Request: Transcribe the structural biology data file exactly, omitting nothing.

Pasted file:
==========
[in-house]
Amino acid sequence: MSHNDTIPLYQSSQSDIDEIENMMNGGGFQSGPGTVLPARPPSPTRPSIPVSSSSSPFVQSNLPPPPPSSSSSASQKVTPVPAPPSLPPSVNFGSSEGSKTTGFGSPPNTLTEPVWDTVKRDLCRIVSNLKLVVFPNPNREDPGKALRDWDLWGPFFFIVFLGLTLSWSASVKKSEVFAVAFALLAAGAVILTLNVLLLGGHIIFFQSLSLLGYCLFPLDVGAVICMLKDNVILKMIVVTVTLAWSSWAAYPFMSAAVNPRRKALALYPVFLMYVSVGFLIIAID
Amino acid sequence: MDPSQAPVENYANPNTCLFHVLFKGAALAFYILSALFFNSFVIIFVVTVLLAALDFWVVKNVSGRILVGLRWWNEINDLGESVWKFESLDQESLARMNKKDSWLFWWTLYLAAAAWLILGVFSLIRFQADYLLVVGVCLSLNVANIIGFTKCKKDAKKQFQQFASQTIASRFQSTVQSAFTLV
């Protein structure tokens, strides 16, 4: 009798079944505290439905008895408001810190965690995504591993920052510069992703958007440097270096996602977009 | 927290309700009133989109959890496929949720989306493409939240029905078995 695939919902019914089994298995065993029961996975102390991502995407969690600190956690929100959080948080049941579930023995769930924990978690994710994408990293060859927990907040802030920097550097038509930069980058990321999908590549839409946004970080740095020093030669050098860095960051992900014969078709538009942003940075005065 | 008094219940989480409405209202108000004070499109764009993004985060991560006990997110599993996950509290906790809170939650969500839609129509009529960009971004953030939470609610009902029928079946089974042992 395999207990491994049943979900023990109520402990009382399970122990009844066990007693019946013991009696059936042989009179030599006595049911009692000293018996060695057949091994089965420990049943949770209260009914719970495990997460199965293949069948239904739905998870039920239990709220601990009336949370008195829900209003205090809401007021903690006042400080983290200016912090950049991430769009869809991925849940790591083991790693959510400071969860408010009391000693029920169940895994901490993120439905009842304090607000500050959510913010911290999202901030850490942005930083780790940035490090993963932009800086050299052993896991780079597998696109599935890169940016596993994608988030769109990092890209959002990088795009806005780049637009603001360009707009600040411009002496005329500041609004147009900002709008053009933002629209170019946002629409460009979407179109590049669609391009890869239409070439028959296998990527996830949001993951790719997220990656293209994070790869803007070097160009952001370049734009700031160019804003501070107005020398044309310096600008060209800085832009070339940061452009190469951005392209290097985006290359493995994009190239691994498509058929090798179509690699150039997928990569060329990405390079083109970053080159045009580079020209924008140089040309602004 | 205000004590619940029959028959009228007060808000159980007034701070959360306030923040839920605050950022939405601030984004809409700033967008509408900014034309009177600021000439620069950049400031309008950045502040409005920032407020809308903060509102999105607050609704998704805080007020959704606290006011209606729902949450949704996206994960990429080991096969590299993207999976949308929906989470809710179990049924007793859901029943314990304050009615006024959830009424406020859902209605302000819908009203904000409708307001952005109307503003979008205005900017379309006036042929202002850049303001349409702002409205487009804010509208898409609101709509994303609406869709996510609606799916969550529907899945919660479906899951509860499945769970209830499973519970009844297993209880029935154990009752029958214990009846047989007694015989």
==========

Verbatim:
[in-house]
Amino acid sequence: MSHNDTIPLYQSSQSDIDEIENMMNGGGFQSGPGTVLPARPPSPTRPSIPVSSSSSPFVQSNLPPPPPSSSSSASQKVTPVPAPPSLPPSVNFGSSEGSKTTGFGSPPNTLTEPVWDTVKRDLCRIVSNLKLVVFPNPNREDPGKALRDWDLWGPFFFIVFLGLTLSWSASVKKSEVFAVAFALLAAGAVILTLNVLLLGGHIIFFQSLSLLGYCLFPLDVGAVICMLKDNVILKMIVVTVTLAWSSWAAYPFMSAAVNPRRKALALYPVFLMYVSVGFLIIAID
Amino acid sequence: MDPSQAPVENYANPNTCLFHVLFKGAALAFYILSALFFNSFVIIFVVTVLLAALDFWVVKNVSGRILVGLRWWNEINDLGESVWKFESLDQESLARMNKKDSWLFWWTLYLAAAAWLILGVFSLIRFQADYLLVVGVCLSLNVANIIGFTKCKKDAKKQFQQFASQTIASRFQSTVQSAFTLV
């Protein structure tokens, strides 16, 4: 009798079944505290439905008895408001810190965690995504591993920052510069992703958007440097270096996602977009 | 927290309700009133989109959890496929949720989306493409939240029905078995 695939919902019914089994298995065993029961996975102390991502995407969690600190956690929100959080948080049941579930023995769930924990978690994710994408990293060859927990907040802030920097550097038509930069980058990321999908590549839409946004970080740095020093030669050098860095960051992900014969078709538009942003940075005065 | 008094219940989480409405209202108000004070499109764009993004985060991560006990997110599993996950509290906790809170939650969500839609129509009529960009971004953030939470609610009902029928079946089974042992 395999207990491994049943979900023990109520402990009382399970122990009844066990007693019946013991009696059936042989009179030599006595049911009692000293018996060695057949091994089965420990049943949770209260009914719970495990997460199965293949069948239904739905998870039920239990709220601990009336949370008195829900209003205090809401007021903690006042400080983290200016912090950049991430769009869809991925849940790591083991790693959510400071969860408010009391000693029920169940895994901490993120439905009842304090607000500050959510913010911290999202901030850490942005930083780790940035490090993963932009800086050299052993896991780079597998696109599935890169940016596993994608988030769109990092890209959002990088795009806005780049637009603001360009707009600040411009002496005329500041609004147009900002709008053009933002629209170019946002629409460009979407179109590049669609391009890869239409070439028959296998990527996830949001993951790719997220990656293209994070790869803007070097160009952001370049734009700031160019804003501070107005020398044309310096600008060209800085832009070339940061452009190469951005392209290097985006290359493995994009190239691994498509058929090798179509690699150039997928990569060329990405390079083109970053080159045009580079020209924008140089040309602004 | 205000004590619940029959028959009228007060808000159980007034701070959360306030923040839920605050950022939405601030984004809409700033967008509408900014034309009177600021000439620069950049400031309008950045502040409005920032407020809308903060509102999105607050609704998704805080007020959704606290006011209606729902949450949704996206994960990429080991096969590299993207999976949308929906989470809710179990049924007793859901029943314990304050009615006024959830009424406020859902209605302000819908009203904000409708307001952005109307503003979008205005900017379309006036042929202002850049303001349409702002409205487009804010509208898409609101709509994303609406869709996510609606799916969550529907899945919660479906899951509860499945769970209830499973519970009844297993209880029935154990009752029958214990009846047989007694015989």